Are “Big Data” and “Business Intelligence” Becoming Synonymous
Or is Big Data simply one of two “camps” that exist within the business intelligence community as Eric Lebson and Ian Christopher McCaleb point out in their Holmes Report piece “Speaking Intelligently On Business Intelligence”. They rightly look at more traditional business intelligence being modeled more after law enforcement or journalistic intelligence gathering and show that digging in to big data is a much different type of effort.
They see some value in what they describe as input that is more based on human intelligence where it is ultimately data gather from human interaction. This is juxtaposed with the another government intelligence gathering effort, the NSA, where huge metadata sets are crunch looking for patterns that can lead to conclusions.
In their piece they write: “One distinct camp, the “big data” camp, focuses on the analysis of large quantities of data to develop analytic products. Huge reams of data are swept up by “bots” and crunched by any variety of software applications to provide products such as bench-marking, targeted reporting, data and text mining, performance measures, prescriptive or predictive analysis, statistical modeling, operational assessments and the like. Think, for instance, of a major beverage company researching the advertising purchasing patterns of a competitor to try to divine where that rival is focusing its growth strategy.
Public opinion polling too factors into this camp’s work as a means of making sense of the attitudes of large or specifically identified demographics.
When polls and data analytics are cross-referenced, a company or client may gain a greater context for understanding and operating within their market. When the term ‘intelligence’ is applied to this approach, it is often in terms of ‘market intelligence’ and the ‘intelligence’ in question is akin to what the NSA does when they look for patterns and linkages among huge volumes of communications meta-data.”
As this “camp” grows in influence within organizations some fear that without careful oversight even marketers can overstep in their quest for an audience “secret”. The U.S. government is concern enough to have convened a MIT workshop to study the rapidly emerging impact of big data efforts. White House adviser John Podesta, head of the presidential study on the future of privacy describes it this way, “We’re undergoing a revolution in the way that information about our purchases, our conversations, our social networks, our movements and even our physical identities are collected, stored, analyzed and used.” He goes on to say, “On Facebook there are some 350 million photos uploaded and shared every day,” he said. “On YouTube 100 hours of video is uploaded every minute, and we’re only in the very nascent stage of the Internet of things, where our appliances will communicate with each other and sensors will be nearly ubiquitous.”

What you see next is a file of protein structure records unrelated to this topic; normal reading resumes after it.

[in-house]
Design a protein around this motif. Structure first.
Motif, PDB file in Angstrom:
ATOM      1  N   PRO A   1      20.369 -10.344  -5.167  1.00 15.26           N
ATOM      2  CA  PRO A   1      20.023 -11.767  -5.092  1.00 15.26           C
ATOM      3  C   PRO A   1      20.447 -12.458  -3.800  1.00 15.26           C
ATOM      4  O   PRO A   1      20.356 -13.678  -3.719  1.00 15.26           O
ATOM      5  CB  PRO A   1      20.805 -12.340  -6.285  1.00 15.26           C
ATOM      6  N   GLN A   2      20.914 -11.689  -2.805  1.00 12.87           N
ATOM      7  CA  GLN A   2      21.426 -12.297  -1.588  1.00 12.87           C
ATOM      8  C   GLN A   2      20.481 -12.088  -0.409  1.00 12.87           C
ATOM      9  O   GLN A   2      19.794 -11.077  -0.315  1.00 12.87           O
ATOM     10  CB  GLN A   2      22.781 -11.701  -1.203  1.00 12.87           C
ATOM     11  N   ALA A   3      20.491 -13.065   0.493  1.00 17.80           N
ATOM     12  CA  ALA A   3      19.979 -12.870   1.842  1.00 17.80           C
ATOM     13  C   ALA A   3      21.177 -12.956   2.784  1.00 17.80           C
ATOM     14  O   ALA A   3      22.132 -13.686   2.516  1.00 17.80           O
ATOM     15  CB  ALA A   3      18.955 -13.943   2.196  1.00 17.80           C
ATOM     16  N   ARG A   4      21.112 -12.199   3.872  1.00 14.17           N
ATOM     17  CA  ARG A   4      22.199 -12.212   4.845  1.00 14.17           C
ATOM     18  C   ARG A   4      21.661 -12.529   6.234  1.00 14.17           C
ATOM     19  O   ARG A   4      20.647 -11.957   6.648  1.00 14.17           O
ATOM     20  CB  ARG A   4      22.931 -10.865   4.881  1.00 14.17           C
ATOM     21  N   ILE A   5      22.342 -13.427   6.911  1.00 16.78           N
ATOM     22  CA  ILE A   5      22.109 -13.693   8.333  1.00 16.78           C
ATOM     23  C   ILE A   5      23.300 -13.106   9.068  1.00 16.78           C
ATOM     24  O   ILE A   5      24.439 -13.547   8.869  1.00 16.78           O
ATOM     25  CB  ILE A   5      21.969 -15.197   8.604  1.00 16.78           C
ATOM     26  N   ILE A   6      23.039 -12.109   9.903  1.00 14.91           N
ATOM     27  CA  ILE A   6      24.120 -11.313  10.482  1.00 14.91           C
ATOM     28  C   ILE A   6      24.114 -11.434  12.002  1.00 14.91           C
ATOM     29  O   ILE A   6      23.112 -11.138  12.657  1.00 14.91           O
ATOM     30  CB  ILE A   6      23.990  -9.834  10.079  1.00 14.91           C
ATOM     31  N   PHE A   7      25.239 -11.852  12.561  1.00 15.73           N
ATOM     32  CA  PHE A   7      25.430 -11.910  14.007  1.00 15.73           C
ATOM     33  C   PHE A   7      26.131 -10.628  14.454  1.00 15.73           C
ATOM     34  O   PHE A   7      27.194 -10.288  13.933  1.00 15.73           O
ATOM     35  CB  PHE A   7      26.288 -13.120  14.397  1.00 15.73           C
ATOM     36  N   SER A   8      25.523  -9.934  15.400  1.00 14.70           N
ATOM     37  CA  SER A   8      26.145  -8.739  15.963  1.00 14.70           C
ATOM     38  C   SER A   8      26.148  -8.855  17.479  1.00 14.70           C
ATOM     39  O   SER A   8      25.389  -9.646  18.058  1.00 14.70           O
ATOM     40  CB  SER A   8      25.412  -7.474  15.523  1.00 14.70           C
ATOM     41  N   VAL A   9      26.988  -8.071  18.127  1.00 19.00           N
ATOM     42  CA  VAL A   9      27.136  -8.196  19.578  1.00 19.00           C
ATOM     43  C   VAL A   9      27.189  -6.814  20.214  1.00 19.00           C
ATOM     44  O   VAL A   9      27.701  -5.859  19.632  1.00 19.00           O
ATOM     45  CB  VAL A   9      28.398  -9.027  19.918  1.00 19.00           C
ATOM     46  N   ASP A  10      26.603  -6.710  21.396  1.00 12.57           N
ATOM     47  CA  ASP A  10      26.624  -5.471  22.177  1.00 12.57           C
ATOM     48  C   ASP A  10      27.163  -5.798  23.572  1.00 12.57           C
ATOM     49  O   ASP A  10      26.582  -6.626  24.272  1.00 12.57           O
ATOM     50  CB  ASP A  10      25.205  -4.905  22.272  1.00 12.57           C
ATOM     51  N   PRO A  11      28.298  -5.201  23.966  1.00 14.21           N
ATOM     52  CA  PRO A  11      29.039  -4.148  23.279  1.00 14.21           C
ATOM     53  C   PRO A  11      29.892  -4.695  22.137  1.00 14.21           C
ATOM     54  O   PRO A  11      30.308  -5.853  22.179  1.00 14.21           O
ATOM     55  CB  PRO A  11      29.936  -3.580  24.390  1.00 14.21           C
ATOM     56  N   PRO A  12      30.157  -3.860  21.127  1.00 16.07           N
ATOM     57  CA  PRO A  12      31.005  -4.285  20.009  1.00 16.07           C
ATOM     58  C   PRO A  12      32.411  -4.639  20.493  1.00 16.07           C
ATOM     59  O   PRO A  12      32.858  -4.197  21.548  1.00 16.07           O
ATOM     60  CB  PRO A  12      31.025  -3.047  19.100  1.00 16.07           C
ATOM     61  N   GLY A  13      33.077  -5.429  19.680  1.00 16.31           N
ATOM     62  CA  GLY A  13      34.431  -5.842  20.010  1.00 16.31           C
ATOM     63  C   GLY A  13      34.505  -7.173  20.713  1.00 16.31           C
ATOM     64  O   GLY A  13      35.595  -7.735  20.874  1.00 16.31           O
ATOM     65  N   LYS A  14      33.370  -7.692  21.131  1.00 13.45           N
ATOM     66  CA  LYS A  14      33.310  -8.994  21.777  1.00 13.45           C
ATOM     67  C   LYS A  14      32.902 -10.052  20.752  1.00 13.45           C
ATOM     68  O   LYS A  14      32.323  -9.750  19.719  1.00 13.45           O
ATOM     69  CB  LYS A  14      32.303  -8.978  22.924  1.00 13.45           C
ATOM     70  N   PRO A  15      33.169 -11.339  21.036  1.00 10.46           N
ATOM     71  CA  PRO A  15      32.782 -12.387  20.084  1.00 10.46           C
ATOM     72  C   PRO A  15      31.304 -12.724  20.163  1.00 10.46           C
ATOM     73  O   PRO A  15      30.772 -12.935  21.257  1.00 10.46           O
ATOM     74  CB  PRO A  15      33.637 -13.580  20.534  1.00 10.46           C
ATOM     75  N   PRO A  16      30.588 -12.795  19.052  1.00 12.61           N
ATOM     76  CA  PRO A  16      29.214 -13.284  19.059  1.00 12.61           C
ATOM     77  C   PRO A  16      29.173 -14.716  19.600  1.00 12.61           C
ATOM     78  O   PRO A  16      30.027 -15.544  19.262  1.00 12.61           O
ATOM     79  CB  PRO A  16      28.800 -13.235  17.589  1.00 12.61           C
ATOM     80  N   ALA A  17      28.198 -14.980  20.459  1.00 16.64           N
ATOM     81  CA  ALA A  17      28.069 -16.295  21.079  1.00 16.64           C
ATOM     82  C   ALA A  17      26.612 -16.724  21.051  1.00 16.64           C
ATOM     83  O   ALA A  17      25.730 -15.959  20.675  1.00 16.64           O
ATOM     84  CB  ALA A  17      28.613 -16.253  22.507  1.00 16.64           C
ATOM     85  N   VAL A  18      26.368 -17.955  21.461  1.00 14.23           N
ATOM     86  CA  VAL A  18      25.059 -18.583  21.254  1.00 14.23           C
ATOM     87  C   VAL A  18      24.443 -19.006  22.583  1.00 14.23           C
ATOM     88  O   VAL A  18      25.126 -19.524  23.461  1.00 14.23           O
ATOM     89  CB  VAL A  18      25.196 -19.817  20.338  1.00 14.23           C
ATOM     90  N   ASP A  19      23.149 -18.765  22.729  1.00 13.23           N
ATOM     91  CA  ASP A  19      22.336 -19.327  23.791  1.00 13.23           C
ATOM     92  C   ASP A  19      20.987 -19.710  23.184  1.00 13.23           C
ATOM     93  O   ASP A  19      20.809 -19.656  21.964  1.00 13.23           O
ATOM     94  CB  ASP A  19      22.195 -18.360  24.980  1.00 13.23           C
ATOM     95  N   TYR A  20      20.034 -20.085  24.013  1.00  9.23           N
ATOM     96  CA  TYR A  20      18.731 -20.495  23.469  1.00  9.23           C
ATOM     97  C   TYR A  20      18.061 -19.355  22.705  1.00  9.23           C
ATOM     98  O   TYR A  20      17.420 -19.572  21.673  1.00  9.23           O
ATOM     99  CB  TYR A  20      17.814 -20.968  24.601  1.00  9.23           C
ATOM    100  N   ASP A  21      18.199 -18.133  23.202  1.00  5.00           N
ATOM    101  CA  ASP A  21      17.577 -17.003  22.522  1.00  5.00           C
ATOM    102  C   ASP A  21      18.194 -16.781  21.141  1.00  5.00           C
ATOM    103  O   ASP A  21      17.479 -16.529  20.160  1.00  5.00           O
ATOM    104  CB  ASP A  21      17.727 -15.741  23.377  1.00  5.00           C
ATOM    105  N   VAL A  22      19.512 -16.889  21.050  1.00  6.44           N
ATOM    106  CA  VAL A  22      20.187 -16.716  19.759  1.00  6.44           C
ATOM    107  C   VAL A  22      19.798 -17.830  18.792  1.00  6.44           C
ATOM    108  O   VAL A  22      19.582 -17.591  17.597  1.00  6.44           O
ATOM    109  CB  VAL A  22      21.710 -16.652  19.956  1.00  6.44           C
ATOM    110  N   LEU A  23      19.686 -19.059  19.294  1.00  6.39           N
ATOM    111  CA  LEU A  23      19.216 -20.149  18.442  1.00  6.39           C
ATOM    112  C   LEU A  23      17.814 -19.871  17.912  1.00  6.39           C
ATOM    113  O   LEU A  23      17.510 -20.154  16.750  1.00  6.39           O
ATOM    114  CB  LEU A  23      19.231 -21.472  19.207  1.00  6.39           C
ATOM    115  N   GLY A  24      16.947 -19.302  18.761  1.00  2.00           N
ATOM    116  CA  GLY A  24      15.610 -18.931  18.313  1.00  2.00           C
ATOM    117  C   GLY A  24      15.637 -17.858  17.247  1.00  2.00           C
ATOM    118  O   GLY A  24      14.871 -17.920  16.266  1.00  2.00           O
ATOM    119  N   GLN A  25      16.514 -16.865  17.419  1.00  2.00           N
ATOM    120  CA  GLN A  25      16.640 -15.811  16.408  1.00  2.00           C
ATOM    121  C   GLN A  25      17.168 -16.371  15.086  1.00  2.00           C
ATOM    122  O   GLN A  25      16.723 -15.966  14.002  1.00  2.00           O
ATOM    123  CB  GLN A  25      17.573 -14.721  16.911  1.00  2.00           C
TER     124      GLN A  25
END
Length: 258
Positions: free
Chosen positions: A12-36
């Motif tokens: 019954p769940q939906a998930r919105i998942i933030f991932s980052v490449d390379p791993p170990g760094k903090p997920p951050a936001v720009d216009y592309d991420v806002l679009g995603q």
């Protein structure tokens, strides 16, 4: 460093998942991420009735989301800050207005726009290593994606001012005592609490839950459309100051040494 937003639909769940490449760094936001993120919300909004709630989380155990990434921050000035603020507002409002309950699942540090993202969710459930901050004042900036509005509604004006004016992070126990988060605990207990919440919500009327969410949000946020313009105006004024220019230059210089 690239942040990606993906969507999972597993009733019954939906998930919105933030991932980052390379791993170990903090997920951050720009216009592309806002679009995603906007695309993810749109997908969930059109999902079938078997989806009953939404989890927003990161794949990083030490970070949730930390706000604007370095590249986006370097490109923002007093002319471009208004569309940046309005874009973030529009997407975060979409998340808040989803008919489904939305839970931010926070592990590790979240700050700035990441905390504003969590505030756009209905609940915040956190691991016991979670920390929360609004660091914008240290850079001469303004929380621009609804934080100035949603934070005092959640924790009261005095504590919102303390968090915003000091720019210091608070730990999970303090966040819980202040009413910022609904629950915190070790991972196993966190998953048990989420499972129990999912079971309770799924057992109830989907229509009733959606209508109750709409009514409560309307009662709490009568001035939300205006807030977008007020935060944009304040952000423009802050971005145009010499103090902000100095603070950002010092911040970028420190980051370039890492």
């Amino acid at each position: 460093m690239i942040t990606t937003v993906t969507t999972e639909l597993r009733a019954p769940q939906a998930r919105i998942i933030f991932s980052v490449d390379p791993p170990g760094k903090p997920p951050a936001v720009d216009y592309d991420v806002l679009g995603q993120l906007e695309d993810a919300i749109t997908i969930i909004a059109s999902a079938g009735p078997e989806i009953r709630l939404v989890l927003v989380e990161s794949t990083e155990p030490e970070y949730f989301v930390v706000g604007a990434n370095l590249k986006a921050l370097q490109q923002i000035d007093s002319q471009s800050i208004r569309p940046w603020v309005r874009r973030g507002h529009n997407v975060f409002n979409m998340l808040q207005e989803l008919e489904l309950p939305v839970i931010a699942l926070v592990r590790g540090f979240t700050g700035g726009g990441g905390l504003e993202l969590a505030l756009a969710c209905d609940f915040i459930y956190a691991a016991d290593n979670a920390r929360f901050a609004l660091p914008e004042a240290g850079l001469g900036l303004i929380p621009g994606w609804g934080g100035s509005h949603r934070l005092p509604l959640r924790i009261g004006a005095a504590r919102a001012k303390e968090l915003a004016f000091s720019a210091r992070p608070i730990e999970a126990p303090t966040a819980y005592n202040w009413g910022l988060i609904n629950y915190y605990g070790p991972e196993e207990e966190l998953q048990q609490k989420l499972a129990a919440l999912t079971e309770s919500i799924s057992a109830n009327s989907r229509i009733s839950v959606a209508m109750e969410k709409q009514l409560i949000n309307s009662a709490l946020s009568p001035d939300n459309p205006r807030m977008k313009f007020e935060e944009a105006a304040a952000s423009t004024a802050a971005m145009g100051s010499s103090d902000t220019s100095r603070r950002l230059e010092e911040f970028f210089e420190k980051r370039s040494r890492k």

Regardless of concerns this is a train that has already left the station and the data is only getting more abundant and more critical to the future of most businesses than ever. Healthcare stands to gain as the information silos there get broken down and by crunching all the structured and unstructured data there could lead to better patient outcomes. None of us can go back as our own “data footprints” are deep, wide and everywhere.
If you are conducting business intelligence and you are not considering your needs as far as utilizing what’s buried in that gigantic pile of data…you may be left behind. If you are not incorporating business intelligence into your day to day organizational guidance at all, you are flat out doomed. This is why many companies are turning to outside experts in these fields to create short and long term strategies for warehousing and then mining that data pile.
Many IT departments are stressed as the technology needed to do the work is either new to them or they simply need a more objective look at their business intelligence systems. Some already are stretched thin and taking on a very IT intensive effort to bring big data insights to analysts and decision makers may be more than they have manpower to accomplish. Both can easily outsource aspects of the planning, implementation and support to qualified firms and may find even cost savings overall by doing so.
Either way “Big Data” still remains a subset of business intelligence and not the total picture, yet. Given more time it is not unlikely that big data will join artificial intelligence and the Internet of Things as being a major part of our collective business efforts in the near future.
Author’s Note: This is an article written for a client in the IT and Application Development industry.